Monday, January 14, 2013

1,000 Blog Posts

It is just over six years since I set up this blog, and today marks my 1,000th post. On Monday November 13th 2006 I wrote My First Post. It was still to be a full year before I started to post on a regular basis as I only wrote 13 posts in the first year. When I set the blog up I had no intention of it becoming what it is today when I write about many different topics, and I had no idea that it would become such an important and valuable part of my life. I work on my blog almost every day and try to post at least 20 times a month. It's not quite every day that I post, but I do find myself writing almost all the time. 

There are times when I have nothing to say, and there are times when I have a lot to say. There are days when I have to search around my brain, or on-line to find ideas to write about, and there are other days when I have several options to write about. I usually have several working unpublished posts on the go and sometimes it takes more than one session to complete a post (I started this one yesterday). Just over a year ago I started tagging my posts and the screen shot of my Tag Cloud to the left gives an indication of the types of things I write about. Education and YouTube matters are dominant, but I also write about family and holidays, as well as other topics such as reviews of films/books/restaurants. It does take up quite a bit of time, but it is something I like to do in the evenings and weekends. I do most of my writing outside of work hours, but on educational matters I do use working time to write as I regard this as part of the role of a modern academic to have an outlet for their thoughts. This is becoming more popular among academics and I look forward to the day when most (if not all) academics do this.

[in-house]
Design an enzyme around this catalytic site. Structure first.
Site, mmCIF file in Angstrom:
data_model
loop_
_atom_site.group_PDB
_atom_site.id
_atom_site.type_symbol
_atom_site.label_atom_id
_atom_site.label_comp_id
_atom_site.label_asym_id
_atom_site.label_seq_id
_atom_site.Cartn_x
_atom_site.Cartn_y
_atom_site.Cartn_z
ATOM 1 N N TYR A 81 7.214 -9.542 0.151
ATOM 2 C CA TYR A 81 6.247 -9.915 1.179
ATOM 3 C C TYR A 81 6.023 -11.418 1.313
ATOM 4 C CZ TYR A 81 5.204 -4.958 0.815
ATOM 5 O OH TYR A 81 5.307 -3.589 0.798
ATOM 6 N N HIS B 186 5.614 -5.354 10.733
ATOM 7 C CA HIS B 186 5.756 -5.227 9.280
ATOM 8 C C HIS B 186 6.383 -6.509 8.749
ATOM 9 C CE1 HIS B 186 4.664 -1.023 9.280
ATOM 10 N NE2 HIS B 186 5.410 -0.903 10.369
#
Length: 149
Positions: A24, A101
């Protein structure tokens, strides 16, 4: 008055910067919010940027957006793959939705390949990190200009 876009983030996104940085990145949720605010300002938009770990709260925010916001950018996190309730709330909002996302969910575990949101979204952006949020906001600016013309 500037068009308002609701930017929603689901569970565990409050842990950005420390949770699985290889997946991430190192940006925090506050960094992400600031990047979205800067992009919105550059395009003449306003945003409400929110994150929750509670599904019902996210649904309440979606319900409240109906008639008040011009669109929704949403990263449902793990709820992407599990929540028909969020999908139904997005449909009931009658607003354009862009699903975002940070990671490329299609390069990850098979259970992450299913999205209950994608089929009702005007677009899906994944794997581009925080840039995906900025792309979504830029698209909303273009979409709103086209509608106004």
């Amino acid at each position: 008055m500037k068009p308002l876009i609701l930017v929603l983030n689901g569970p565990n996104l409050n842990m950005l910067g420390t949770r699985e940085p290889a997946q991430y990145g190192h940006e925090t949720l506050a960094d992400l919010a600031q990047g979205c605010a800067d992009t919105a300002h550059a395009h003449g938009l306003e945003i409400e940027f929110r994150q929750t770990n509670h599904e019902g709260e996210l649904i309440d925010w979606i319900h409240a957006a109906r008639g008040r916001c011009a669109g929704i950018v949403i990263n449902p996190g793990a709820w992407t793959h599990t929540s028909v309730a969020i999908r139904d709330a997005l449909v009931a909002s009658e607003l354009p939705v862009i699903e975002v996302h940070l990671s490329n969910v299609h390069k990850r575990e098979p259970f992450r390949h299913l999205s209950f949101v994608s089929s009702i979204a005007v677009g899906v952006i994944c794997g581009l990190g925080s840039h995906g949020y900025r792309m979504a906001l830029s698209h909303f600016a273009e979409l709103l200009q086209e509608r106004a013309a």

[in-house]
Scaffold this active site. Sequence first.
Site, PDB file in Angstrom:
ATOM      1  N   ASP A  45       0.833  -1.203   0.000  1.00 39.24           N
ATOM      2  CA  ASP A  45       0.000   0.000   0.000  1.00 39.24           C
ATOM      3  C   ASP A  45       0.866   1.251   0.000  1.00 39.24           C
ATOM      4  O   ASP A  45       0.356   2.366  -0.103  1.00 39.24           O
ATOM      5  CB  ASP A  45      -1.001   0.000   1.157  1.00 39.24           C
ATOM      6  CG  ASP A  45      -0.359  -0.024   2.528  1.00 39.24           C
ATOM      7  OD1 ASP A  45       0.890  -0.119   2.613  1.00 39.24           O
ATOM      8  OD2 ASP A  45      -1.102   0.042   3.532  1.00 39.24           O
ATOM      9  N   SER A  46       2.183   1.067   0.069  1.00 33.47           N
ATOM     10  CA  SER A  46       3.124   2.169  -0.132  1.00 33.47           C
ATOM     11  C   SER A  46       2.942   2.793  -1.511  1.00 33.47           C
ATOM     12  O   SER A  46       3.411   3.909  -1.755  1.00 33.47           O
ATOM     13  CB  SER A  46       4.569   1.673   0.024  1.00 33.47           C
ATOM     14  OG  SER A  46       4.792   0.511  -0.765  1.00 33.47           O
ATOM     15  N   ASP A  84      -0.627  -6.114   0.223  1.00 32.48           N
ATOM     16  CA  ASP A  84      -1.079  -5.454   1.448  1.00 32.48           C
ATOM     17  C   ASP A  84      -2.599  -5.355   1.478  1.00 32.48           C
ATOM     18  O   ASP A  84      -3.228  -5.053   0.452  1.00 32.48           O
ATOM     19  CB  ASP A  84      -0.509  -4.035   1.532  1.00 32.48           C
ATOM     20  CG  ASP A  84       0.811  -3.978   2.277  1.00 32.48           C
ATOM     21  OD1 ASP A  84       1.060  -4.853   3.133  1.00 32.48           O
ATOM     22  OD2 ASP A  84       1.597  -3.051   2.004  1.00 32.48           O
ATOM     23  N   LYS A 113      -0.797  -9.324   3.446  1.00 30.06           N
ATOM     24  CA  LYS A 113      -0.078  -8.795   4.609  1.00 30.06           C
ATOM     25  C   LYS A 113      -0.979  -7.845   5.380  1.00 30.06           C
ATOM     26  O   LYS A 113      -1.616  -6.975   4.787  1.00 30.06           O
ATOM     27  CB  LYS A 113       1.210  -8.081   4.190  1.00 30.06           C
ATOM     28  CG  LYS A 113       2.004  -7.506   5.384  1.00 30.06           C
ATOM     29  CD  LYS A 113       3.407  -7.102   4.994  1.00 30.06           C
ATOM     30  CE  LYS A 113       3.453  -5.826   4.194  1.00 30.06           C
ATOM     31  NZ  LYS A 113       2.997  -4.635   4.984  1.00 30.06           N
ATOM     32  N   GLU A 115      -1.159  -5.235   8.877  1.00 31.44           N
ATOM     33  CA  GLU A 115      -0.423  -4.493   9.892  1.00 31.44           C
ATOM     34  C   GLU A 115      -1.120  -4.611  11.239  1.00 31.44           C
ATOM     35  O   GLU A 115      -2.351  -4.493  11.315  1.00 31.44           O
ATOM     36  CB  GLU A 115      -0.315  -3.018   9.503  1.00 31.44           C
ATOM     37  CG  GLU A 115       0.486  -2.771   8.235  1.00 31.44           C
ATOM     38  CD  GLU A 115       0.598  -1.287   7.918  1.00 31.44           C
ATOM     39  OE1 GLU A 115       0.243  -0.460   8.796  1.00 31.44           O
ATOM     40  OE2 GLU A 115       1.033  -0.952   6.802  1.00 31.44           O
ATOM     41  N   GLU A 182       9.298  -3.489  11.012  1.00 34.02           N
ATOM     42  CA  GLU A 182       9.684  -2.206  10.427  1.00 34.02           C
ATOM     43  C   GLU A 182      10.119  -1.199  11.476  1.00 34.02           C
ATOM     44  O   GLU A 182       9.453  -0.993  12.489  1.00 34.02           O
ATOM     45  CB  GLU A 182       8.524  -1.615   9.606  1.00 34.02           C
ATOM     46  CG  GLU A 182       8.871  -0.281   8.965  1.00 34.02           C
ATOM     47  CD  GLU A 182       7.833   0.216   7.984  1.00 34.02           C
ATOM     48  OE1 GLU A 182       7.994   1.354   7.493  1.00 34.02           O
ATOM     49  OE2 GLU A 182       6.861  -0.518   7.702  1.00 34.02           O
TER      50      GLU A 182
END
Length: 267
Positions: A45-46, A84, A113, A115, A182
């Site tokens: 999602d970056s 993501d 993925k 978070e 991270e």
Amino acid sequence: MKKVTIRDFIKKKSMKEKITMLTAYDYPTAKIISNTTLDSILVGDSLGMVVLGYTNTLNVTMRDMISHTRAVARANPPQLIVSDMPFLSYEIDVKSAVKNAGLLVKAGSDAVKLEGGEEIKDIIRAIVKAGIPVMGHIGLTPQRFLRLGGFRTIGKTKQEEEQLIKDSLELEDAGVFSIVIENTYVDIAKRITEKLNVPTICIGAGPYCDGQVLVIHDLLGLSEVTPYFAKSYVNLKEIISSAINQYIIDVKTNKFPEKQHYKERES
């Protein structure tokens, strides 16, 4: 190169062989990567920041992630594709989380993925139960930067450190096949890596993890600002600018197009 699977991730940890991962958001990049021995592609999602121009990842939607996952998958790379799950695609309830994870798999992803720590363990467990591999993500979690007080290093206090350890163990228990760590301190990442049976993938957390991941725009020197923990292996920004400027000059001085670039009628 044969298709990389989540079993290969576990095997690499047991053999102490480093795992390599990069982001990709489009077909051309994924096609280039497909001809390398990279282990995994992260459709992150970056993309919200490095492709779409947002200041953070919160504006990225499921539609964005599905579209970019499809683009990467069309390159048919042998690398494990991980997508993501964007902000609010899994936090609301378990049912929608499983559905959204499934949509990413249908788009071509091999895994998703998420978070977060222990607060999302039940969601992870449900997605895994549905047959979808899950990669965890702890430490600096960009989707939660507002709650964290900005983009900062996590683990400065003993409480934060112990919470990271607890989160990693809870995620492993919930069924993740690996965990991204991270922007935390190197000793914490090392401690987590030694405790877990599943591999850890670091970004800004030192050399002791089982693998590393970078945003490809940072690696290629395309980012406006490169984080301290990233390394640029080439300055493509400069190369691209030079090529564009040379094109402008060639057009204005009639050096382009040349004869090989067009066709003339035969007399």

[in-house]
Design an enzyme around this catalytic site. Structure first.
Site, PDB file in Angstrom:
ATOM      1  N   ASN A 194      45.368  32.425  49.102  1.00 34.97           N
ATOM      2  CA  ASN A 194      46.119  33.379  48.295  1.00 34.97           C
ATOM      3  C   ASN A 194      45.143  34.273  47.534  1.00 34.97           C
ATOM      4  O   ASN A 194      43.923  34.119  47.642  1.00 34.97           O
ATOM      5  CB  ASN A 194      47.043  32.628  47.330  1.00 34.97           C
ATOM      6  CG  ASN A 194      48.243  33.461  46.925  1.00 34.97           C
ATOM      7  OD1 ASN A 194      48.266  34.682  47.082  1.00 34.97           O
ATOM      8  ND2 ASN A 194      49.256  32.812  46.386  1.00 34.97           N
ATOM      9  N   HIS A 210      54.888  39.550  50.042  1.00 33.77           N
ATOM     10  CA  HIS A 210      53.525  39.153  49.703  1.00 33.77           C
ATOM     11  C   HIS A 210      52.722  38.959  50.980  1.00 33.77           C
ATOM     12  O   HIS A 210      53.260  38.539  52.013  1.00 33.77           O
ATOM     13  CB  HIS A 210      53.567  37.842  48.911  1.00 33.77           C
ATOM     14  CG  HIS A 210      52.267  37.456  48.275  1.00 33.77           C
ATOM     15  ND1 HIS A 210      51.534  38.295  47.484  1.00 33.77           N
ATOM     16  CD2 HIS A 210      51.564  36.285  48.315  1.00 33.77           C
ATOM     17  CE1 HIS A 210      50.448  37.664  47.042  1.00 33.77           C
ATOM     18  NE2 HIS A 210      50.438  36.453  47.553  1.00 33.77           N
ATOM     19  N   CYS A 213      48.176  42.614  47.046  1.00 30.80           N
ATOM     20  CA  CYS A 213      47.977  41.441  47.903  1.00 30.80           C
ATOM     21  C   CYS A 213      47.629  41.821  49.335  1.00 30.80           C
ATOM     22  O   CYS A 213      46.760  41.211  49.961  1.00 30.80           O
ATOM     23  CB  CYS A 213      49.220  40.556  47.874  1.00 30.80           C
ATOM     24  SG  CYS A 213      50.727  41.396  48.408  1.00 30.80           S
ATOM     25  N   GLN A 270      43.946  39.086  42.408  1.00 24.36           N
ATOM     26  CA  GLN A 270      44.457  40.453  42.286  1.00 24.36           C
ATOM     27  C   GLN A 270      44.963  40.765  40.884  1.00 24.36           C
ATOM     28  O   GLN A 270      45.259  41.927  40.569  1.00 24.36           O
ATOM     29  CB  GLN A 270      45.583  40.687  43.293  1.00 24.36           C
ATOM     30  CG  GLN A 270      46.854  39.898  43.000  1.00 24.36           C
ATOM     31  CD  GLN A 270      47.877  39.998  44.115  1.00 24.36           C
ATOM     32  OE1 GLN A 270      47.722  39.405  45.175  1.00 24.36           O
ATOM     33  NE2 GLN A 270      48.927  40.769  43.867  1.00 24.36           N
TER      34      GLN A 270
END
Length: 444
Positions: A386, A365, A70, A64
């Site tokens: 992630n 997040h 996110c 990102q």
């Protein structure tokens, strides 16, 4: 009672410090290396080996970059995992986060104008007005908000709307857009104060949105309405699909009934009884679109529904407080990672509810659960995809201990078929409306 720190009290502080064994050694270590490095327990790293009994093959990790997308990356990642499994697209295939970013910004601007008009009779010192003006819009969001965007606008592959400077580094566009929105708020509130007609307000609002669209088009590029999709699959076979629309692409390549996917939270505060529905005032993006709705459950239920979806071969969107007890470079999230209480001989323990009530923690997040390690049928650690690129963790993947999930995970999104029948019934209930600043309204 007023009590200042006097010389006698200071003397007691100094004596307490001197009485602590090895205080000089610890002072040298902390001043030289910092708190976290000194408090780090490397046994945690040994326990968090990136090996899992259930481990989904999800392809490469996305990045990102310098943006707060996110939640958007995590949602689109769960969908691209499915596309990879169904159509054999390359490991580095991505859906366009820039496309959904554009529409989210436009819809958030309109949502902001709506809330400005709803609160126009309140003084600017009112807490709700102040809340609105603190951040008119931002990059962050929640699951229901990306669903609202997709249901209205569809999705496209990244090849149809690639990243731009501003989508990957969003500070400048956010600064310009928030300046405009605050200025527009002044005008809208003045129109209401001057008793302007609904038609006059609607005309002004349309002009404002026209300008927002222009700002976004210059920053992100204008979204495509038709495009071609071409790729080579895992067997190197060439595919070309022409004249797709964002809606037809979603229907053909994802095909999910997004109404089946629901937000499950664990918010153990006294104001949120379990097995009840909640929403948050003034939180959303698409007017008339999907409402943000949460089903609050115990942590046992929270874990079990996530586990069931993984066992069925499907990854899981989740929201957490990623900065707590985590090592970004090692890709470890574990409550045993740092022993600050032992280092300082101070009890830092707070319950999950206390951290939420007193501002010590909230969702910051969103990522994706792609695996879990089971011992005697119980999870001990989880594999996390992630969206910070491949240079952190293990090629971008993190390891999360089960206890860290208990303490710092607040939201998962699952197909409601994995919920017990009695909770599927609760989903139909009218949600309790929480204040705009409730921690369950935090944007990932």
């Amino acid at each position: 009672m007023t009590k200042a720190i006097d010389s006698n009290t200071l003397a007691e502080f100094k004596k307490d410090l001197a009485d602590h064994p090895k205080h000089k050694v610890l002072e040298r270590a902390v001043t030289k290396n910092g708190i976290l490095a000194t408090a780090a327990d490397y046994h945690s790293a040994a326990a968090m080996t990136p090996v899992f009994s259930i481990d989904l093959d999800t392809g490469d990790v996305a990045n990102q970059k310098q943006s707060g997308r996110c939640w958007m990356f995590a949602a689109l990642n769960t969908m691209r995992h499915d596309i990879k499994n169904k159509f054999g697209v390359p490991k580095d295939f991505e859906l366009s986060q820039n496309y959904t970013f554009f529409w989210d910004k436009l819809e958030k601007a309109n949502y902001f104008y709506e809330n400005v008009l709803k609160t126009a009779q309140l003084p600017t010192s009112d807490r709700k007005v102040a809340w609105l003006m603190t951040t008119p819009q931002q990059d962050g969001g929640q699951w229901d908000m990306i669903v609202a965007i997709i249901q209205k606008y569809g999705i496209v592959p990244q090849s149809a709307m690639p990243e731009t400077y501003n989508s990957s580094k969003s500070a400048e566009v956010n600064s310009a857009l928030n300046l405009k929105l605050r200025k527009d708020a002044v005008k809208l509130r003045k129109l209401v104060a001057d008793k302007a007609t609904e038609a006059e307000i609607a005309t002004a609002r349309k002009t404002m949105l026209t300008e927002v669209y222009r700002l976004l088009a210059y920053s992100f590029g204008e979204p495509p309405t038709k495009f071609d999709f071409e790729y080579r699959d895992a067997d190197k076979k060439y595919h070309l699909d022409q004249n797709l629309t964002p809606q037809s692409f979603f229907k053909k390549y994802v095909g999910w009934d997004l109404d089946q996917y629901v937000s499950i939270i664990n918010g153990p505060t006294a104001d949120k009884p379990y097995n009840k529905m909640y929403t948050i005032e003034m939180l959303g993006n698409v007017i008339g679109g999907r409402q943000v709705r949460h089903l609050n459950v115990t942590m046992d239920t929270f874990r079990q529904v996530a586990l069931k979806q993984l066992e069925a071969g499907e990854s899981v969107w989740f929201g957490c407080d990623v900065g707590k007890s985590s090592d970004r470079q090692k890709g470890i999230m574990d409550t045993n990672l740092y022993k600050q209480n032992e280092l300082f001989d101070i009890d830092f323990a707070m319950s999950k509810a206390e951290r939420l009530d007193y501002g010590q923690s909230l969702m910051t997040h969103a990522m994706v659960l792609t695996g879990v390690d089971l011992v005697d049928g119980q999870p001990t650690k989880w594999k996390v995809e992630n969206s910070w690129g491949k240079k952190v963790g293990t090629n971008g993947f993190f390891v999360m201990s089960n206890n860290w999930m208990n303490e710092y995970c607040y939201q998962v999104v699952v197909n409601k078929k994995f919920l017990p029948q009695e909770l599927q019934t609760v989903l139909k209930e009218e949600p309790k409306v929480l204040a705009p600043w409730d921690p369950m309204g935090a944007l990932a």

Google only started providing detailed analytics on blogs in July 2008, and since then the blog has received 175,025 views. The United States and Ireland account for about 49% of total views. While I'm guessing that the USA views (48,768) are as the result of searches, I'm hoping that many of the 37,505 to date from Ireland are people actually reading something that I have written. Below are some more stats taken today:

I find blogging tremendously liberating and I only wish that I could have started doing this back in the 1960s when I first learned to read and write. What a personal treasure trove that would be. I'd like to think that I can keep doing this for the rest of my life! Tomorrow I will write about what I have learned from blogging.

Keep on Blogging!

Sunday, January 13, 2013


Scan of Show Programme Cover.
I attended the musical "Oliver!" at the Bord Gáis Theatre last evening for a fantastic show. Many people of my generation were kids when the film version was released in 1968 (I did not know until today that Mark Lester who starred in the title role did not sing in the film!). On stage this is a spectacular production - this one was produced by Cameron Mackintosh.